When the Family Smoking Prevention and Tobacco Control Act, aka the Tobacco Control Act, was passed in 2009, the legislation required that any tobacco product that is commercially marketed after February 15, 2007, must be reviewed by the Federal Drug Administration (FDA) prior to sale. Estimates of the cost for the review are upwards of $400,000. Many in the industry complained that the date was completely arbitrary. It seems members of the House Appropriations Committee have heard the industry and are trying to make a change.
Today, the International Premium Cigar & Pipe Retailers (IPCPR), a not-for-profit trade association representing premium retail tobacconists and their suppliers, reported the following:
“Today, the U.S. House Appropriations Committee considered the FY 2016 Agriculture Appropriations Bill which passed 29-21. The legislation will now be schedule for consideration on the House Floor. Included in this bill was a provision to make a technical change to the Tobacco Control Act, affecting the regulation of premium cigars, pipe tobacco, and other tobacco products.
When the Tobacco Control Act was passed into law, an arbitrary date of February 15, 2007 was implemented to determine what is considered a new tobacco product. Anything introduced after that date would be subject to a costly pre-market review which could cost manufacturers over $400,000 per cigar blend, size, or shape. For an industry like ours, which heavily relies on seasonal releases and limited editions, the 2007 date would devastate our humidors, with an estimated 85% of products being affected and possibly removed from market.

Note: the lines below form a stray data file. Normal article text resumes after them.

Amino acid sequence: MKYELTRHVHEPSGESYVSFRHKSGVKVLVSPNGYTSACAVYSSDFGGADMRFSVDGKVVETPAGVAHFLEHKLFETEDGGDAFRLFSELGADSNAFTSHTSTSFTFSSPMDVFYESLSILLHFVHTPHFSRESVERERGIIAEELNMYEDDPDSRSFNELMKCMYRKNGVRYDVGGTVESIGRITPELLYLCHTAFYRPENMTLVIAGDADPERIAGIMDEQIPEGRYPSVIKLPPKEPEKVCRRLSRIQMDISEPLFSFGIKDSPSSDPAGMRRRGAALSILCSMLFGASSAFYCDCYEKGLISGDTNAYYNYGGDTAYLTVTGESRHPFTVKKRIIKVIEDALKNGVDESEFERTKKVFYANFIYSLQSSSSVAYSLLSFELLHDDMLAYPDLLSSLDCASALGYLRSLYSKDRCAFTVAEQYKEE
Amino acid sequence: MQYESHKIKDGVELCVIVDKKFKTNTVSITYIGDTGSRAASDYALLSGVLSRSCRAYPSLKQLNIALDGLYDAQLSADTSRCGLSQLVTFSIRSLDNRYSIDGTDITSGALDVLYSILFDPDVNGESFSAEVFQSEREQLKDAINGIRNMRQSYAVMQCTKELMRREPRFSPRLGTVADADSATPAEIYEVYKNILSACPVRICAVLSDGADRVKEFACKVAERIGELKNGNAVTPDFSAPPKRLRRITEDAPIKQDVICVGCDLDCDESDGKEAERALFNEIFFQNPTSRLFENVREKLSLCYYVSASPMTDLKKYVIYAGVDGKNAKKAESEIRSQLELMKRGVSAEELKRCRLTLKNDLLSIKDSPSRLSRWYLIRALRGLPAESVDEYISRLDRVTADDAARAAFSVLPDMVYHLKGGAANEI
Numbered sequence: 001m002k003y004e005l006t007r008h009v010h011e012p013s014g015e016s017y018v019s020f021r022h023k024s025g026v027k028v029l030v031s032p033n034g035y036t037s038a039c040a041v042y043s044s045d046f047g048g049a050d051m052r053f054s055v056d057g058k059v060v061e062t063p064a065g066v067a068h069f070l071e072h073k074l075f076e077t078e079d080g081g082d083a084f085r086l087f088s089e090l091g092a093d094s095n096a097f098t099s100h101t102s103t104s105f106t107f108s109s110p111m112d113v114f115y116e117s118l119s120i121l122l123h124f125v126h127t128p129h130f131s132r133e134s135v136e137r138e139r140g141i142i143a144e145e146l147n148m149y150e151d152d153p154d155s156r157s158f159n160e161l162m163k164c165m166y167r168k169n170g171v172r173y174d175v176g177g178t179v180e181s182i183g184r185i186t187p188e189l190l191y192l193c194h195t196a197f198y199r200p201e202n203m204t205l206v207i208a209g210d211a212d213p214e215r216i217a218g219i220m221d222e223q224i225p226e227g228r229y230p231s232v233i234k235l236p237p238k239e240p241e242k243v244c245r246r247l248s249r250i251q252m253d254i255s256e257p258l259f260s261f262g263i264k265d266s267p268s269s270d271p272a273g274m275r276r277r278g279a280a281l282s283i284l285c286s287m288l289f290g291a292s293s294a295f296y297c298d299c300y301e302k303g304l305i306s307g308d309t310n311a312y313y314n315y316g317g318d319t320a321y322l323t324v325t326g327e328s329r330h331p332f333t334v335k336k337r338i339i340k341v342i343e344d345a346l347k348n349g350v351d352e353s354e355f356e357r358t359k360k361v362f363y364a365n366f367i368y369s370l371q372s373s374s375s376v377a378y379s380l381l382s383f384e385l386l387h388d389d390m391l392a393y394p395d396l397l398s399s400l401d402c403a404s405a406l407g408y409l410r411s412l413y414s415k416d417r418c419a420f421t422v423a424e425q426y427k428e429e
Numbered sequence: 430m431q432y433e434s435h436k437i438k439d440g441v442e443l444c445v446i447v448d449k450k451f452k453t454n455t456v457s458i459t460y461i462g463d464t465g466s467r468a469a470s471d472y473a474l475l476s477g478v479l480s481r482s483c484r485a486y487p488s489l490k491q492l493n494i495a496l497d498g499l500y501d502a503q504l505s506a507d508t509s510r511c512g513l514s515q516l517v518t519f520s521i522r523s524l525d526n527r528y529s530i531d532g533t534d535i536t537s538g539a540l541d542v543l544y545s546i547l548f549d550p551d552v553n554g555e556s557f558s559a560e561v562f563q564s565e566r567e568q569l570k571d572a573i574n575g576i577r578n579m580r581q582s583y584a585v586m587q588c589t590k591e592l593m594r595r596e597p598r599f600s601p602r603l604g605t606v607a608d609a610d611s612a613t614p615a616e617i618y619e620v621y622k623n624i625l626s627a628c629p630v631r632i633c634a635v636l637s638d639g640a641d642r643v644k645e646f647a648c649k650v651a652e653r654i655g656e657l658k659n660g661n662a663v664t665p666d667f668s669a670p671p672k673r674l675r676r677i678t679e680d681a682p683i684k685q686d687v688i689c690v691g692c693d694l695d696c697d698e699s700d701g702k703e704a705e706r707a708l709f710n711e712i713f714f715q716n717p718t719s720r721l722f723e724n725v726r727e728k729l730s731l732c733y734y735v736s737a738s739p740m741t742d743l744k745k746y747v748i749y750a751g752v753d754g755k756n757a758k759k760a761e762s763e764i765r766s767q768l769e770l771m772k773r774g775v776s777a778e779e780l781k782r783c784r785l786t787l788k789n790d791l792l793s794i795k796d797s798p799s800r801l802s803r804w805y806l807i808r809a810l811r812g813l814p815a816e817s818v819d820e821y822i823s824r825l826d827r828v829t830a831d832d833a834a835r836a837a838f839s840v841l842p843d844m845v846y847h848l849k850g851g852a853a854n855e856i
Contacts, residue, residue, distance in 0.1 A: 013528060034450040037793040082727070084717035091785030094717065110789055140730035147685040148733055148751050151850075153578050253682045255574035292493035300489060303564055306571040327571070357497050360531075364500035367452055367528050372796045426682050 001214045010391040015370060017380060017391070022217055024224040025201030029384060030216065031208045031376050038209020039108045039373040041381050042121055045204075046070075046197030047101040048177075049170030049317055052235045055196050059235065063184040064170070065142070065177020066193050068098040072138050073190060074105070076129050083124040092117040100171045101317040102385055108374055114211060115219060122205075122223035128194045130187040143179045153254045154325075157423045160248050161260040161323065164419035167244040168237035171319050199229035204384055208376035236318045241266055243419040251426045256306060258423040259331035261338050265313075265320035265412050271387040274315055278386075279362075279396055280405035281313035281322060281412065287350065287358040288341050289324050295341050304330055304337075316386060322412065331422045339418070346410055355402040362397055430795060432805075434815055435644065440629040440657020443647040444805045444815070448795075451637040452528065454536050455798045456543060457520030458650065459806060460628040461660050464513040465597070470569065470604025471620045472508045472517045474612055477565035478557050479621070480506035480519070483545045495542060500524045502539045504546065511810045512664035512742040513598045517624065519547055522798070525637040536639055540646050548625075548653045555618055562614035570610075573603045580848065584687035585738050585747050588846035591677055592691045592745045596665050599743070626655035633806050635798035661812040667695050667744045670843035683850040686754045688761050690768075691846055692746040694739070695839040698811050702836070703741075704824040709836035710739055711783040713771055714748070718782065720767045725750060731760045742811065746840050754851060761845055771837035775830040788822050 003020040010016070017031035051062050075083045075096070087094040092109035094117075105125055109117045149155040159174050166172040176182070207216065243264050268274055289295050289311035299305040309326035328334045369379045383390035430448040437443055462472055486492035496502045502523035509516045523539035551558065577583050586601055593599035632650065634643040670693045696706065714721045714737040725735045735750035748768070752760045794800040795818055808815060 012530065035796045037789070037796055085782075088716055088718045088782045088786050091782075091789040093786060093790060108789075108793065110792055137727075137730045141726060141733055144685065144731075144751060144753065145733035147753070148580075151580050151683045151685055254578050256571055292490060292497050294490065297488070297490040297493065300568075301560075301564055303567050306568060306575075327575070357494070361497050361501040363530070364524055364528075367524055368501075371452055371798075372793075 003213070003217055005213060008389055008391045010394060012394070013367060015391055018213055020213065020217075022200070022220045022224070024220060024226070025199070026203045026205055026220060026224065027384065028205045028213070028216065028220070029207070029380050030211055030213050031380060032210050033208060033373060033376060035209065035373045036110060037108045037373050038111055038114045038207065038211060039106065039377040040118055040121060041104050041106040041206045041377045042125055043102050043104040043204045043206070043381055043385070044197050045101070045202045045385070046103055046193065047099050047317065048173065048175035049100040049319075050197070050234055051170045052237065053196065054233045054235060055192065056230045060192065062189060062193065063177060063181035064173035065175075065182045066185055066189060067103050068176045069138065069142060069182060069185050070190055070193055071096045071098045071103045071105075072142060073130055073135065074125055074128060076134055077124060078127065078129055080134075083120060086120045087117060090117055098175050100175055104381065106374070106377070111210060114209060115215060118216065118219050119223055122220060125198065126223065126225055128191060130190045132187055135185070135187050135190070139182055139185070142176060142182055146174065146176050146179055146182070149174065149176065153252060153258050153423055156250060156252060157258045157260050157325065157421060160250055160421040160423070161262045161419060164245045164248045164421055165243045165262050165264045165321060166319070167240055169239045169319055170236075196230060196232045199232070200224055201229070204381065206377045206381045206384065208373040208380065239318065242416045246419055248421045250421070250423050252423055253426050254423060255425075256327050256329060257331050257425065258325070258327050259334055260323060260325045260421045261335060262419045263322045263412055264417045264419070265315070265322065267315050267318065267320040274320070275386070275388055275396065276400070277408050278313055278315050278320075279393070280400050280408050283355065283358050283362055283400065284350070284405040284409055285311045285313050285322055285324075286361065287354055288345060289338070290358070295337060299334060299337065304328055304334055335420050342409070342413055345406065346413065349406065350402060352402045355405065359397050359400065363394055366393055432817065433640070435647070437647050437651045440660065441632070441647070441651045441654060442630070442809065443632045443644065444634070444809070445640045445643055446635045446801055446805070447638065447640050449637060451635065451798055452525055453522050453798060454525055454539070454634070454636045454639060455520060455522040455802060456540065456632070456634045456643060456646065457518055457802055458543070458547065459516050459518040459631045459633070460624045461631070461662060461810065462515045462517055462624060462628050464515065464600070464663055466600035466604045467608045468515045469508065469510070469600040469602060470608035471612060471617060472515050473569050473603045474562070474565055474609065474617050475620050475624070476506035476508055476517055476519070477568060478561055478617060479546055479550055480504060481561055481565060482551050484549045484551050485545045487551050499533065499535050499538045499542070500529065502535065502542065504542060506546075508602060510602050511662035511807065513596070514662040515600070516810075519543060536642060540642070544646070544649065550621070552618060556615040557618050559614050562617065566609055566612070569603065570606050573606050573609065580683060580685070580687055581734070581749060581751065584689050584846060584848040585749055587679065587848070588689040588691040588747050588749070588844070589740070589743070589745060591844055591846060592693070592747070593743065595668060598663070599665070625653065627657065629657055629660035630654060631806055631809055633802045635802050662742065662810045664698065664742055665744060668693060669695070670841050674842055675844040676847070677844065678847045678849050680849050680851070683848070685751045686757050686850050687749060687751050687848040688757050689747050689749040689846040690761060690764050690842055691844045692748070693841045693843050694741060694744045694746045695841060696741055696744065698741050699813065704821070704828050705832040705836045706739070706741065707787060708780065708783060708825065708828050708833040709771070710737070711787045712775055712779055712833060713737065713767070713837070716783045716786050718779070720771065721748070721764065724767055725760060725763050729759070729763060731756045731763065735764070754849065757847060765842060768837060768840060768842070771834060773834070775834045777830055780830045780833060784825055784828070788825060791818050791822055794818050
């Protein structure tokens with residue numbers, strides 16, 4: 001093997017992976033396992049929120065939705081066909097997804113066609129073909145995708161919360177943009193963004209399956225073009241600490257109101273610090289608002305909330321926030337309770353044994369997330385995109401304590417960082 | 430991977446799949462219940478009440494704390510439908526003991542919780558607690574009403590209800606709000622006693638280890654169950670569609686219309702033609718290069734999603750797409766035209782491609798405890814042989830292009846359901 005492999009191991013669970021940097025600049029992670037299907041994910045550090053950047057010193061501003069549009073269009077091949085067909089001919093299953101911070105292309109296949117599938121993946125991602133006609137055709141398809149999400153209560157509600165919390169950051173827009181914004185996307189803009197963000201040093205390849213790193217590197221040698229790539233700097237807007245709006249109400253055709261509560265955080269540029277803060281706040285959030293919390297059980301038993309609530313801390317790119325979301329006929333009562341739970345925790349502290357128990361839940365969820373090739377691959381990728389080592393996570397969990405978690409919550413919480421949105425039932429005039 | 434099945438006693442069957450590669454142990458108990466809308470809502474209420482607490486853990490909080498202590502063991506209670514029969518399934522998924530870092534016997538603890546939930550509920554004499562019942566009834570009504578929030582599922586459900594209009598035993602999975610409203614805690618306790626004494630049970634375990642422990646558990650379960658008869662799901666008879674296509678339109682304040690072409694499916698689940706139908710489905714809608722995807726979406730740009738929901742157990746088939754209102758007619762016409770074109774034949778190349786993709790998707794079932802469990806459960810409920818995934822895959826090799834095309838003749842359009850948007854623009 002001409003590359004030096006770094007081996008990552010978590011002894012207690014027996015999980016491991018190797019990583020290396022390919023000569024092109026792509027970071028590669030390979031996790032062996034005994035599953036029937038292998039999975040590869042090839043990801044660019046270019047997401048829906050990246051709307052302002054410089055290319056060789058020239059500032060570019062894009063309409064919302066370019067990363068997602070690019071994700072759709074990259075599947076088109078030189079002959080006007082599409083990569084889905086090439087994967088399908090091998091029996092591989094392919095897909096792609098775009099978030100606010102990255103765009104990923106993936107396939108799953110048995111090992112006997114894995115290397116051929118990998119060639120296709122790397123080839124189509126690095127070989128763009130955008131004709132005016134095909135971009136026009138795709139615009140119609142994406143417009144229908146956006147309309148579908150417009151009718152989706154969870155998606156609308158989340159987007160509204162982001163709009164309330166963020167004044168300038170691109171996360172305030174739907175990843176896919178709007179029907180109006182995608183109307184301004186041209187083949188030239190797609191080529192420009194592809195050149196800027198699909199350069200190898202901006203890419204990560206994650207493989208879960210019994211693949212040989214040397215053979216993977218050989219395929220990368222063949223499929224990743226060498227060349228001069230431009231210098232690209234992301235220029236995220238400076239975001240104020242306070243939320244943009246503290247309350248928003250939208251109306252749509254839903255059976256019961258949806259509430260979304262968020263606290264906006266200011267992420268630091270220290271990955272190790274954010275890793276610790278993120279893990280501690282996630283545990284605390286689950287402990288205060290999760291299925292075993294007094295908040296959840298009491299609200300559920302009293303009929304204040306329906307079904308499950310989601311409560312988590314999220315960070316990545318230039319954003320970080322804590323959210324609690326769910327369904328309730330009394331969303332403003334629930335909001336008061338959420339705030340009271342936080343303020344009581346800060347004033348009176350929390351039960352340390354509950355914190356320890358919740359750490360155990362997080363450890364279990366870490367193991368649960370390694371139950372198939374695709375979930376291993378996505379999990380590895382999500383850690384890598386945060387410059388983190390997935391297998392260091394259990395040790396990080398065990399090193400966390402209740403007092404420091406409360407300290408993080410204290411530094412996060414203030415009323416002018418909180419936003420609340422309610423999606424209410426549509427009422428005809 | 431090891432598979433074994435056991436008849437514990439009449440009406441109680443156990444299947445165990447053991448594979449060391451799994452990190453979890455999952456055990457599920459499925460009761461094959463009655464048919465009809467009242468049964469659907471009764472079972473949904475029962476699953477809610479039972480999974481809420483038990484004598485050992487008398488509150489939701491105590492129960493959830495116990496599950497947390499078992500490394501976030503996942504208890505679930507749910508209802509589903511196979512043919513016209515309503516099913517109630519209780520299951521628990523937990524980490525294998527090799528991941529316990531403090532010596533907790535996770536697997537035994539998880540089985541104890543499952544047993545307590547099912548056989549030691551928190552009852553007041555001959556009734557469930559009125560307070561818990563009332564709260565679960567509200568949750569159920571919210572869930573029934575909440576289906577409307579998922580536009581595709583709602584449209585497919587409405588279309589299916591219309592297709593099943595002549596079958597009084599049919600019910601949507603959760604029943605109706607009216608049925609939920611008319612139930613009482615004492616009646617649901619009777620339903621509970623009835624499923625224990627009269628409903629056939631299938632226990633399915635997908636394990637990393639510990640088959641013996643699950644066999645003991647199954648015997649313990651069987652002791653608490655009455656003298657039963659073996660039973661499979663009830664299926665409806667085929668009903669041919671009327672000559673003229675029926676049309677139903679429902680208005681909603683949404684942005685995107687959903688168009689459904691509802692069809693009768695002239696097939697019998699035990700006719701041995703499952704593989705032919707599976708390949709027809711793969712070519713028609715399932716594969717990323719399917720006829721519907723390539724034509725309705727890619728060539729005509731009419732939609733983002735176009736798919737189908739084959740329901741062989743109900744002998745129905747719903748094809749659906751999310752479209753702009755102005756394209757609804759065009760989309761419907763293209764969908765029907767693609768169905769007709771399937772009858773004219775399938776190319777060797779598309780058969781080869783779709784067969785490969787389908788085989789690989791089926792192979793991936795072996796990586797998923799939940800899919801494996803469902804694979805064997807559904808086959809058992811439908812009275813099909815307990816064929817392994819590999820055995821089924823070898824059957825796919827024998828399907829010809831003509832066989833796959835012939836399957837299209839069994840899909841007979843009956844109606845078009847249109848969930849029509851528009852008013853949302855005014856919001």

Language has been included in the Appropriations bill to fix this problem. If signed into law, the “predicate date” would change to date of enactment for any new regulation on a tobacco product. As FDA continues to consider regulation of premium cigars and pipe tobacco, the date of implementation remains critically important. With the clarified language, any product released after this date is subject to pre-market review, but any product on the market prior, would be grandfathered in as a “substantially equivalent” product. Though a misguided amendment was offered to strip this language from the bill, it was defeated by a vote of 23-26.”
About the IPCPR
The IPCPR represents over 2,000 retail stores across the United States that sell tobacco products and accessories, as well as more than 350 manufacturers, distributors, and service providers of high quality merchandise.